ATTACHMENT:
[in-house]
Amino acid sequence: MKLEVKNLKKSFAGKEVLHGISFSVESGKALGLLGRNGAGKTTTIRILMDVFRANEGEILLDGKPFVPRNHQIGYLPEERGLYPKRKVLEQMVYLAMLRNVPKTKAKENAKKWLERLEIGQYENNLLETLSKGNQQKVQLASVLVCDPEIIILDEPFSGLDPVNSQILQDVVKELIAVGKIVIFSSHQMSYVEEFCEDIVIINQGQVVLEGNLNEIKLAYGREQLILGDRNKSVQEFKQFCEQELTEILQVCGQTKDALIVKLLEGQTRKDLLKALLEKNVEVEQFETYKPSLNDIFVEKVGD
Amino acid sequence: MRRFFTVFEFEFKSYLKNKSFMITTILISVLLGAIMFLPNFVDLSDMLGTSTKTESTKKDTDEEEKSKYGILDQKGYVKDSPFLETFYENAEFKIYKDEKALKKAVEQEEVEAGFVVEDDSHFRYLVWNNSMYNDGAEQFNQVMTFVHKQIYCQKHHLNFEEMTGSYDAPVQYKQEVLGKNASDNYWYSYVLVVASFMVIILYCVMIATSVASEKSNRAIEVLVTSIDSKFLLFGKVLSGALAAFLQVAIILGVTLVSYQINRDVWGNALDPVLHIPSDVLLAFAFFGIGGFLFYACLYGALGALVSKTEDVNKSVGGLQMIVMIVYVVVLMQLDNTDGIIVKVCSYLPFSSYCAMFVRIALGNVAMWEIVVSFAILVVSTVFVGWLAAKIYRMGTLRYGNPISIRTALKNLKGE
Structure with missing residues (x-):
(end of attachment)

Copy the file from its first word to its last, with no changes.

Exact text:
[in-house]
Amino acid sequence: MKLEVKNLKKSFAGKEVLHGISFSVESGKALGLLGRNGAGKTTTIRILMDVFRANEGEILLDGKPFVPRNHQIGYLPEERGLYPKRKVLEQMVYLAMLRNVPKTKAKENAKKWLERLEIGQYENNLLETLSKGNQQKVQLASVLVCDPEIIILDEPFSGLDPVNSQILQDVVKELIAVGKIVIFSSHQMSYVEEFCEDIVIINQGQVVLEGNLNEIKLAYGREQLILGDRNKSVQEFKQFCEQELTEILQVCGQTKDALIVKLLEGQTRKDLLKALLEKNVEVEQFETYKPSLNDIFVEKVGD
Amino acid sequence: MRRFFTVFEFEFKSYLKNKSFMITTILISVLLGAIMFLPNFVDLSDMLGTSTKTESTKKDTDEEEKSKYGILDQKGYVKDSPFLETFYENAEFKIYKDEKALKKAVEQEEVEAGFVVEDDSHFRYLVWNNSMYNDGAEQFNQVMTFVHKQIYCQKHHLNFEEMTGSYDAPVQYKQEVLGKNASDNYWYSYVLVVASFMVIILYCVMIATSVASEKSNRAIEVLVTSIDSKFLLFGKVLSGALAAFLQVAIILGVTLVSYQINRDVWGNALDPVLHIPSDVLLAFAFFGIGGFLFYACLYGALGALVSKTEDVNKSVGGLQMIVMIVYVVVLMQLDNTDGIIVKVCSYLPFSSYCAMFVRIALGNVAMWEIVVSFAILVVSTVFVGWLAAKIYRMGTLRYGNPISIRTALKNLKGE
Structure with missing residues (x-):